I John 1:9 “If we confess our sins, he is faithful and just to forgive us our sins, and to cleanse us from all unrighteousness.”

This coming Monday, March 25th, marks the 11th anniversary of the start of the PLUS ministry. It was birthed from a passionate concern about the errant direction our nation was headed then, and those concerns have only intensified during the last 11 years. We are facing an acute and a chronic crisis.

On that first week of PLUS, I posted the following:

“Leadership consultants remind us that ‘a crisis is a terrible thing to waste.’ The meaning behind this statement is quite simple — the worse the situation, the more incentive there is to reflect upon badly needed changes.  Failing to change course under such dire circumstances piles tragedy upon crisis.

Reflecting upon the situation in which our nation finds itself, it is difficult to describe it as anything but a crisis.  It is an economic crisis and a political crisis; it is a moral crisis and a value crisis; it is a leadership crisis and a followership crisis.  Yet, while the situation worsens, the nation continues to diverge from God without considering the correlation because between our unfaithfulness and our unfruitfulness.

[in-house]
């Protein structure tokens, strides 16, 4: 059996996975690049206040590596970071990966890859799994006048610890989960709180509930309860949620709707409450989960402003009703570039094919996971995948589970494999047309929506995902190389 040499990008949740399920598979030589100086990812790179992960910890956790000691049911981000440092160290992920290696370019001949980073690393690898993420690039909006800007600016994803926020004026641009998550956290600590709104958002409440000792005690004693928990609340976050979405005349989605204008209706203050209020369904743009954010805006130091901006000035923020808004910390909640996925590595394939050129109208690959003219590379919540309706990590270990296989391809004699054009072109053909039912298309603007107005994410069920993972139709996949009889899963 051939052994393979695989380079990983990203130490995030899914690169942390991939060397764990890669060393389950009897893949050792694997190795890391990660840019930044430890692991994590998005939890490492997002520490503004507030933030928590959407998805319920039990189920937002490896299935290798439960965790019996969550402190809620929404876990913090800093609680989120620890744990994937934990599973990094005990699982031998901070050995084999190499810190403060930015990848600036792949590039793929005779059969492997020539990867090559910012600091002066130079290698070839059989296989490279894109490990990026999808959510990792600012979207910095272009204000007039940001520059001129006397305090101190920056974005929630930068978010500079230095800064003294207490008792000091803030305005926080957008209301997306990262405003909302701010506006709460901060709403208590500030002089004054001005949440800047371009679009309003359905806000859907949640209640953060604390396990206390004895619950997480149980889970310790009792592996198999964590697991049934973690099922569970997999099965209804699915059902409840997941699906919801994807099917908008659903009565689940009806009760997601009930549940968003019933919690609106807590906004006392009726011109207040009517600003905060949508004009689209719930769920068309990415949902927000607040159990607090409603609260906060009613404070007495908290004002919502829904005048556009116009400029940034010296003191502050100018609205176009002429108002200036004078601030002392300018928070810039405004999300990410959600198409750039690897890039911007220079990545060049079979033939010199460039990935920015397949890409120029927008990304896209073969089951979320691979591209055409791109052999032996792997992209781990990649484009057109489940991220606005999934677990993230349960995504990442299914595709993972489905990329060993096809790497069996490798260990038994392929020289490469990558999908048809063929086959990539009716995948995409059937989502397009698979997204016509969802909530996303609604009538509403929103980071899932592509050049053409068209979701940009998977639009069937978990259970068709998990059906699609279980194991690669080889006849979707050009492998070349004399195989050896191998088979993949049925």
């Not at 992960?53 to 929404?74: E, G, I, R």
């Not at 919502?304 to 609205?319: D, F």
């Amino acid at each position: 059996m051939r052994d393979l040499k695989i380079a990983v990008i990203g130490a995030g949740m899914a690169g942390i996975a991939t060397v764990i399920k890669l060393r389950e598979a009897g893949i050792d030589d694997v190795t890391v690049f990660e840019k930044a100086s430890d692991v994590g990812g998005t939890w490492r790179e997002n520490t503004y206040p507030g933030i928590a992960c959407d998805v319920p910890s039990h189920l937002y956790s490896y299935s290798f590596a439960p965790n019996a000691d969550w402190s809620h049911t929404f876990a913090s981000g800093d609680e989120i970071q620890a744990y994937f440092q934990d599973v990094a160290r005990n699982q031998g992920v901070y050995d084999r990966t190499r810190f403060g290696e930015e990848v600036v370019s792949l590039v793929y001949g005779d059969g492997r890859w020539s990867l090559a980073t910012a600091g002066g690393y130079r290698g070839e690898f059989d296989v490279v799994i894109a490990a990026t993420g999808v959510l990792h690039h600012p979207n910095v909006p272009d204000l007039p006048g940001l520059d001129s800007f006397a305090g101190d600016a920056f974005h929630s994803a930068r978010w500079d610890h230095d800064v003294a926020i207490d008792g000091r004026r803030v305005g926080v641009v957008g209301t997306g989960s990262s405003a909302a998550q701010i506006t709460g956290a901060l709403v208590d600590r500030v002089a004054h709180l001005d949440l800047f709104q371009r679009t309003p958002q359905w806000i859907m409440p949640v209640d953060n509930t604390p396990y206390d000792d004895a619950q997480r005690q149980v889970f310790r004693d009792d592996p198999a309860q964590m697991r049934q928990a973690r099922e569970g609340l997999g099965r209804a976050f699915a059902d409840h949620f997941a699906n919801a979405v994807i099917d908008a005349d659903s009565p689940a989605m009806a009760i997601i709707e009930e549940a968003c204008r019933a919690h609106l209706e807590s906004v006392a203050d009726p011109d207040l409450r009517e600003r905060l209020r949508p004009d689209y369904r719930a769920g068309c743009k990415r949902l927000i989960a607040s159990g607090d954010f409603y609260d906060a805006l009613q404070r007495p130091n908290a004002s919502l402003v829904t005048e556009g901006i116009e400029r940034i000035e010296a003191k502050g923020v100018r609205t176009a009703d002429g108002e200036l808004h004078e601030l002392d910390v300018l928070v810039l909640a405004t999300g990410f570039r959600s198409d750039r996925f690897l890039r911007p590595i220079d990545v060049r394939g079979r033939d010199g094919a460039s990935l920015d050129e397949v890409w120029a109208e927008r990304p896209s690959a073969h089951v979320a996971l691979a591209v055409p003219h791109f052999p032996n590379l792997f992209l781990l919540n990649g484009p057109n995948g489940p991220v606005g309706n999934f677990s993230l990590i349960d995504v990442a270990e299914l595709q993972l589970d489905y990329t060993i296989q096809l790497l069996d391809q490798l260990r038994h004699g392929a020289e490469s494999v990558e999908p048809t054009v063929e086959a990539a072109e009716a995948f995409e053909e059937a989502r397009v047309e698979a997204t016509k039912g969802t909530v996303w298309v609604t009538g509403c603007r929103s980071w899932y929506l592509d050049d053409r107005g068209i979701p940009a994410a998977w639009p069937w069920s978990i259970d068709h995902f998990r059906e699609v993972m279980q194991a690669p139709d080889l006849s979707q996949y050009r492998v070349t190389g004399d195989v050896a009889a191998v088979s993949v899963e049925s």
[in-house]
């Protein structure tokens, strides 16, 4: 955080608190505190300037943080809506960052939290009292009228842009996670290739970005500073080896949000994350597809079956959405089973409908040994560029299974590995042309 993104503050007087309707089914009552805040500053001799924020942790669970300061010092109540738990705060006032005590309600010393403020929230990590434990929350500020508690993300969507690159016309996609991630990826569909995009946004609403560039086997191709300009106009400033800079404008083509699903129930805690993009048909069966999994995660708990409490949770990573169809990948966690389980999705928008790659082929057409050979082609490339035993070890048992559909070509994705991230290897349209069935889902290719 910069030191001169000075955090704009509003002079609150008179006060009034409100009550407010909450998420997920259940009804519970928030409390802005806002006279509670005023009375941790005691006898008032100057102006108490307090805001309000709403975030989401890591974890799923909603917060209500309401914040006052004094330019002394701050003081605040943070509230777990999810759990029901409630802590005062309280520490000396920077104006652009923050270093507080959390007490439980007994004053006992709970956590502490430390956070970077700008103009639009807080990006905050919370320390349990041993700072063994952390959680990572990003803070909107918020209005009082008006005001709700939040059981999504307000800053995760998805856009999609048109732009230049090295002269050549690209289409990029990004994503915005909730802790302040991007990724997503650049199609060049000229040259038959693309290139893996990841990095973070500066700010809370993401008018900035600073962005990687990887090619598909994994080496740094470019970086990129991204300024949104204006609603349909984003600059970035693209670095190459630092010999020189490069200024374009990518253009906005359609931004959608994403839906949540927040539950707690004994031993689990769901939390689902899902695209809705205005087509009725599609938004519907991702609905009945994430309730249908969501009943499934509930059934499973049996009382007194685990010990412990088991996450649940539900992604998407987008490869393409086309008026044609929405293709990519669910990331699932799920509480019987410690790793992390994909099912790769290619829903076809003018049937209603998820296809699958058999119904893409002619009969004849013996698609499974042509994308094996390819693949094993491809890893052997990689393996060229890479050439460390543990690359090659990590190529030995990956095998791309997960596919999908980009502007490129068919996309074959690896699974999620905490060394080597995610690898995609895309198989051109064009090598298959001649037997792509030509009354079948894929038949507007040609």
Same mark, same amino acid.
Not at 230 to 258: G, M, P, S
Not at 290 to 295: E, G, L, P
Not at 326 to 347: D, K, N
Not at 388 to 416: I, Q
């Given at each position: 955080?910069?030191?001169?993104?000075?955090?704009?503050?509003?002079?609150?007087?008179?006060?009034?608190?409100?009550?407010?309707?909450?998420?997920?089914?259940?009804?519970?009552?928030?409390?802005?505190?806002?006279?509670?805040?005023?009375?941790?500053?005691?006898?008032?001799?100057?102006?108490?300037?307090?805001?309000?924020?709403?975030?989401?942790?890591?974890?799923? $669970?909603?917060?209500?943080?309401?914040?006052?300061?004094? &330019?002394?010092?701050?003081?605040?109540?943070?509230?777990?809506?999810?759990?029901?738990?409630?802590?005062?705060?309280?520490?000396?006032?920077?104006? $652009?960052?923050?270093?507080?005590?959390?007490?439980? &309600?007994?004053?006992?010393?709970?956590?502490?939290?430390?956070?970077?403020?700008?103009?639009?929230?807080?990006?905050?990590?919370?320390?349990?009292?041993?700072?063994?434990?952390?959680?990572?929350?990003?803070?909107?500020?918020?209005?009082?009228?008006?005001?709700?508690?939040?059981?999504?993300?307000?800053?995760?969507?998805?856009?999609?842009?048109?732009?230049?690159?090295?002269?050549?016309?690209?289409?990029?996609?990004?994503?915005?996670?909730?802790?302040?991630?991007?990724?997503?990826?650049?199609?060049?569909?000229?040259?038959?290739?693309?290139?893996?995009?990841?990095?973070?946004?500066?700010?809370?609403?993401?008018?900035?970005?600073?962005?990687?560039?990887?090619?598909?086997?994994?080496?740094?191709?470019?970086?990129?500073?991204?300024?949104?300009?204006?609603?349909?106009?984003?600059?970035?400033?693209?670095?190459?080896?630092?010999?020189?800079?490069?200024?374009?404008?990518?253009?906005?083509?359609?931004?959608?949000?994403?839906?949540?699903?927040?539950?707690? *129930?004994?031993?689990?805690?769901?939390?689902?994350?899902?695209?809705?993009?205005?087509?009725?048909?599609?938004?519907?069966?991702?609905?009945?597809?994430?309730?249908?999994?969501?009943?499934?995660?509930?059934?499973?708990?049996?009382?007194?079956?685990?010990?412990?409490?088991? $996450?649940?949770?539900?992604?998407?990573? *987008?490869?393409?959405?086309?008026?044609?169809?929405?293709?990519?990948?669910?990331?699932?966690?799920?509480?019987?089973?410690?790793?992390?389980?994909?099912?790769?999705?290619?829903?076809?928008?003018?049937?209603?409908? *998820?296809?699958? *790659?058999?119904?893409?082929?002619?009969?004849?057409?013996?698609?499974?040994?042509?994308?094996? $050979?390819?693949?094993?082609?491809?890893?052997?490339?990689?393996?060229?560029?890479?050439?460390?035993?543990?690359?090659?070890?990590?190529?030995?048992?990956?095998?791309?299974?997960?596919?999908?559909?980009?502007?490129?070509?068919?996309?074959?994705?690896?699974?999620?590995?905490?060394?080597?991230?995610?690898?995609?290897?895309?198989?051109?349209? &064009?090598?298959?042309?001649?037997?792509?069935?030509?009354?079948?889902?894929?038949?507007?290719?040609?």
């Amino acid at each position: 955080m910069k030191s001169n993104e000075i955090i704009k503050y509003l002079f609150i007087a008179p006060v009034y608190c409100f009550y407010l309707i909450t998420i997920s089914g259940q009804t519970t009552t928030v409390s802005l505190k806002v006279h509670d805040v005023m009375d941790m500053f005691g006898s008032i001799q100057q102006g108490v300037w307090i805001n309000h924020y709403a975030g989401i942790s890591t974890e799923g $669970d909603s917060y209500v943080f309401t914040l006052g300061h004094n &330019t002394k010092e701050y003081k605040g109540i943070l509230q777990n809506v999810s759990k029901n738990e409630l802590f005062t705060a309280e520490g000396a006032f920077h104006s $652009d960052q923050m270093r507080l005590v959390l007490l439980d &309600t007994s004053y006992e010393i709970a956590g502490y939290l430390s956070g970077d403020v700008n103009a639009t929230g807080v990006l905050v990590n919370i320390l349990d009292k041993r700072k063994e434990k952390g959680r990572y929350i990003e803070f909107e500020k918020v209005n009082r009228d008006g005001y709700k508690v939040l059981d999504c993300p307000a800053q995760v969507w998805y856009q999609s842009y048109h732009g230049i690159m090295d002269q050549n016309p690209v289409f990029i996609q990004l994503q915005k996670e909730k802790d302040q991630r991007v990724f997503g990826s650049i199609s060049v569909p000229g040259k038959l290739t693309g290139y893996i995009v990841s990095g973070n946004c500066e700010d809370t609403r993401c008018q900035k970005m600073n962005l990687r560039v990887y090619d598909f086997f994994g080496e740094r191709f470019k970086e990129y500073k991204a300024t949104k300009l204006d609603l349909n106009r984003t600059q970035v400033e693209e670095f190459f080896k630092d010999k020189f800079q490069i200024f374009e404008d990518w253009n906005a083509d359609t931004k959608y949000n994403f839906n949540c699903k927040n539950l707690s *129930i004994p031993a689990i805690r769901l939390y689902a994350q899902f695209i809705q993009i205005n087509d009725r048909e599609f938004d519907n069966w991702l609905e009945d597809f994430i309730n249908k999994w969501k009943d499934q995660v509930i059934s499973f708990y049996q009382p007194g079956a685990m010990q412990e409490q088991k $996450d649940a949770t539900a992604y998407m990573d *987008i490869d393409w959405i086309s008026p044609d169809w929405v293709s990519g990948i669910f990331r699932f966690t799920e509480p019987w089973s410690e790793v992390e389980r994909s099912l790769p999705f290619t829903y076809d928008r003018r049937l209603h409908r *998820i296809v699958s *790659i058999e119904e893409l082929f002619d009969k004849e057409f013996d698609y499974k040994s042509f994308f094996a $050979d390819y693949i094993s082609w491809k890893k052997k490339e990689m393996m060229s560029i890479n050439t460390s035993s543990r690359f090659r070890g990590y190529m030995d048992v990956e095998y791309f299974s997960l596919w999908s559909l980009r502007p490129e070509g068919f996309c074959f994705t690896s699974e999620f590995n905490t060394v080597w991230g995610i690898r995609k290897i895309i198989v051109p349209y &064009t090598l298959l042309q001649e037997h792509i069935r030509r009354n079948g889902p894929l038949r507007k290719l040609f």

We need national-level healing in our land that comes from a permanent change of direction toward humility, prayer, faithfulness and righteousness.  Fortunately, the model of salvation-producing repentance should be familiar to us, one in which we reverse our direction away from the world and towards God.”

Today, we see crisis upon crisis, and tragedy upon tragedy. We have entered a perpetual vicious spiral that is dragging our society downward. While not a perfect correlation, the World Happiness Report released this past week reinforces the tragic tumbling of American society. Though many don’t realize it, the root of our problems is our eagerness to increasingly untether from the stability of foundational principles and unmoor from the surety of Biblical truths. Instead of eagerly running towards the Lord, we sprint away from Him.

PLEASE PRAY FOR AMERICANS TO REASSESS OUR RECKLESS REMOVAL FROM OUR FOUNDATIONAL CHARACTERISTICS AND TO RECOGNIZE THE REQUIREMENT FOR A RAPID RETURN THROUGH REVIVAL. If we don’t, we will continue to see a society characterized by crisis upon crisis.

Blessing Them

Genesis 12:1-3 “Now the LORD had said unto Abram, Get thee out of thy country, and from thy kindred, and from thy father’s house, unto a land that I will shew thee: And I will make of thee a great nation, and I will bless thee, and make thy name great; and thou shalt be a blessing: And I will bless them that bless thee, and curse him that curseth thee: and in thee shall all families of the earth be blessed.”